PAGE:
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What version or edition is this?
This is the edition with a publication date of 6/28/2011.
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In this major collection of his essays, Alberto Manguel, whom George Steiner has called "the Casanova of reading," argues that the activity of reading, in its broadest sense, defines our species. "We come into the world intent on finding narrative in everything," writes Manguel, "landscape, the skies, the faces of others, the images and words that our species create." Reading our own lives and those of others, reading the societies we live in and those that lie beyond our borders, reading the worlds that lie between the covers of a book are the essence ofA Reader on Reading. The thirty-nine essays in this volume explore the crafts of reading and writing, the identity granted to us by literature, the far-reaching shadow of Jorge Luis Borges, to whom Manguel read as a young man, and the links between politics and books and between books and our bodies. The powers of censorship and intellectual curiosity, the art of translation, and those "numinous memory palaces we call libraries," also figure in this remarkable collection. For Manguel and his readers, words, in spite of everything, lend coherence to the world and offer us "a few safe places, as real as paper and as bracing as ink," to grant us room and board in our passage.
Alberto Manguel is one of the world's great readers. He is a member of PEN, a Guggenheim Fellow, and an Officer of the French Order of Arts and Letters. He has been the recipient of numerous prizes, including the Prix Médicis in essays for A History of Reading, and the McKitterick Prize for his novel News from a Foreign Country Came. Among his most recent books is The Library at Night, also published by Yale University Press. His work has been translated into more than thirty languages.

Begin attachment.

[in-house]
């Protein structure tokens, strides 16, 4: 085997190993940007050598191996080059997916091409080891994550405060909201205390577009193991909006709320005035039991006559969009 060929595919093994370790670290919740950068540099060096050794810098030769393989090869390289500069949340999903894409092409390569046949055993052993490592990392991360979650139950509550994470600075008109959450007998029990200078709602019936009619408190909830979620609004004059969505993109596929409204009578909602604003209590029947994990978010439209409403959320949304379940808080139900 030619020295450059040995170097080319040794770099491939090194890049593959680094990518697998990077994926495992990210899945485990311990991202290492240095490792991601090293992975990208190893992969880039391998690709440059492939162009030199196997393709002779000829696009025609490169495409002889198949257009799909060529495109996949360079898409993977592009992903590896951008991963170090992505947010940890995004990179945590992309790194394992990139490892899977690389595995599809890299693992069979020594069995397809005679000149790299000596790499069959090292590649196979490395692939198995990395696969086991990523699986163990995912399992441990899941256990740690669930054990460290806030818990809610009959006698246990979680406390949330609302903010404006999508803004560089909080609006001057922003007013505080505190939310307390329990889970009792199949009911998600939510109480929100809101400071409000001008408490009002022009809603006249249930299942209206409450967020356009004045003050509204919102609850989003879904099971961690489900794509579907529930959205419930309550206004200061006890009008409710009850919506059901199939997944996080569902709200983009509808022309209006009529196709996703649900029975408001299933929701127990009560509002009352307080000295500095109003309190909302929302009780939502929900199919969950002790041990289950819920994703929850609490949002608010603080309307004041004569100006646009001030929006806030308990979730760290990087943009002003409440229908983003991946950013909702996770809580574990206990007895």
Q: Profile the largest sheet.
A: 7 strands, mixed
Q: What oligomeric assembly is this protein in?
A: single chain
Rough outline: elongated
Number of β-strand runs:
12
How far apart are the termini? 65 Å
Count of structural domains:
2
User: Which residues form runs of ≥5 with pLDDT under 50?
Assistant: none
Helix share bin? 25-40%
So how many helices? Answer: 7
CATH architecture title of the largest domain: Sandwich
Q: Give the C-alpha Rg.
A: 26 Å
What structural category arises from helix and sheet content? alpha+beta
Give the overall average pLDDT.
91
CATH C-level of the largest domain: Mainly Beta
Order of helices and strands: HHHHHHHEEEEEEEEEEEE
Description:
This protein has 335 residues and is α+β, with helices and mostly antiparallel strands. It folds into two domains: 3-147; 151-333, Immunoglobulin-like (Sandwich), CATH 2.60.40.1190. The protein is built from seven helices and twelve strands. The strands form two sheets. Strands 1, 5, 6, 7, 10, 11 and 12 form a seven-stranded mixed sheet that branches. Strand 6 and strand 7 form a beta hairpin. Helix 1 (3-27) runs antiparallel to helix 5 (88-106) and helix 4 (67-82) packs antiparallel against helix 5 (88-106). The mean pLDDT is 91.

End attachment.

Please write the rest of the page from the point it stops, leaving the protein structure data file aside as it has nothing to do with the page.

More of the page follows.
Table of Contents
|Who Am I?|
|A Reader in the Looking-Glass Wood||p. 3|
|Room for the Shadow||p. 11|
|On Being Jewish||p. 22|
|Meanwhile, in Another Part of the Forest||p. 26|
|The Further off from England||p. 37|
|Homage to Proteus||p. 42|
|The Lesson Of The Master|
|Borges in Love||p. 47|
|Borges and the Longed-For Jew||p. 62|
|Faking It||p. 66|
|The Death of Che Guevara||p. 79|
|The Blind Bookkeeper||p. 86|
|The Perseverance of Truth||p. 95|
|AIDS and the Poet||p. 104|
|The Full Stop||p. 115|
|In Praise of Words||p. 117|
|A Brief History of the Page||p. 120|
|The Voice That Says "I"||p. 128|
|Final Answers||p. 137|
|What Song the Sirens Sang||p. 141|
|The Ideal Reader|
|NotesTowards a Definition of the Ideal Reader||p. 151|
|How Pinocchio Learned to Read||p. 155|
|Candide in Sanssouci||p. 164|
|The Gates of Paradise||p. 172|
|Time and the Doleful Knight||p. 182|
|Saint Augustine's Computer||p. 187|
|Books As Business|
|Reading White for Black||p. 201|
|The Secret Sharer||p. 207|
|Honoring Enoch Soames||p. 214|
|Jonah and the Whale||p. 218|
|The Legend of the Dodos||p. 227|
|Crime And Punishment|
|In Memoriam||p. 231|
|God's Spies||p. 237|
|Once Again, Troy||p. 248|
|Art and Blasphemy||p. 251|
|At the Mad Hatter's Table||p. 254|
|The Numinous Library|
|Notes Towards a Definition of the Ideal Library||p. 267|
|The Library of the Wandering Jew||p. 270|
|The Library as Home||p. 278|
|The End of Reading||p. 282|
|Table of Contents provided by Ingram. All Rights Reserved.|